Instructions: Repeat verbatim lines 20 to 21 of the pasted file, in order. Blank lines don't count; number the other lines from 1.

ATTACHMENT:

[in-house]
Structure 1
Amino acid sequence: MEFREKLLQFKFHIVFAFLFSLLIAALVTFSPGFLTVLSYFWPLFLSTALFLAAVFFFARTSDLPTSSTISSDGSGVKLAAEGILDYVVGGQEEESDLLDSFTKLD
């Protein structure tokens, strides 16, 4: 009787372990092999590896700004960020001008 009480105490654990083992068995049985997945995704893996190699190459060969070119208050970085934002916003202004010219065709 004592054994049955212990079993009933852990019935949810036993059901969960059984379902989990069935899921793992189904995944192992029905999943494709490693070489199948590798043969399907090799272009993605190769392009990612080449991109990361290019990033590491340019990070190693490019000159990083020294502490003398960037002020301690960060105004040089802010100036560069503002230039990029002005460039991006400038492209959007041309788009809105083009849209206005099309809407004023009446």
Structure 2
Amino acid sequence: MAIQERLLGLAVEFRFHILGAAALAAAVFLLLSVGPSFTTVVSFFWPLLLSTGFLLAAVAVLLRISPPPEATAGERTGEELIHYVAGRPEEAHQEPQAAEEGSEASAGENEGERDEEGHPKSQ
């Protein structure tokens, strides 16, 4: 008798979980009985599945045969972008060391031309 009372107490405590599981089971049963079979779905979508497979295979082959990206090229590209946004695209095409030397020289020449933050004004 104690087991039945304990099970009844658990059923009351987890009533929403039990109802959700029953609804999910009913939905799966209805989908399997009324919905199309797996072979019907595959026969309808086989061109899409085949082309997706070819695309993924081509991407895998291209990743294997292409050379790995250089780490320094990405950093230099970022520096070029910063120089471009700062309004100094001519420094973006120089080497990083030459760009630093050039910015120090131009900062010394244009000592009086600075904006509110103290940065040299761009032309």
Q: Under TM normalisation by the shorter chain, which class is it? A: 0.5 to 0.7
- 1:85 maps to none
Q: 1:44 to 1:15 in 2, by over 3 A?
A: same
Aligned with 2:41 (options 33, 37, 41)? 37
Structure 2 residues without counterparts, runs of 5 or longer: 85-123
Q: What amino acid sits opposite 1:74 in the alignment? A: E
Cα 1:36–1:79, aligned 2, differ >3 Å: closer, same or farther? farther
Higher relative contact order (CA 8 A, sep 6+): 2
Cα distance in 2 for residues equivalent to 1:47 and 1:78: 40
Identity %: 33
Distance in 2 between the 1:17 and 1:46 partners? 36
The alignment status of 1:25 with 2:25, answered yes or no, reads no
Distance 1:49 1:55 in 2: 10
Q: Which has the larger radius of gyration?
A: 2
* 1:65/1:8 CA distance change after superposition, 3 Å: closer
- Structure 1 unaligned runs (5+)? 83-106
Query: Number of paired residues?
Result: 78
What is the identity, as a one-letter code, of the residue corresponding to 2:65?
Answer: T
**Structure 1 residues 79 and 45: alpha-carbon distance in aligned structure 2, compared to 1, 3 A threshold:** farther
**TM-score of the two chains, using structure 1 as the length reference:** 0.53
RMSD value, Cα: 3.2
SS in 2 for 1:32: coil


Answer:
The alignment status of 1:25 with 2:25, answered yes or no, reads no
Distance 1:49 1:55 in 2: 10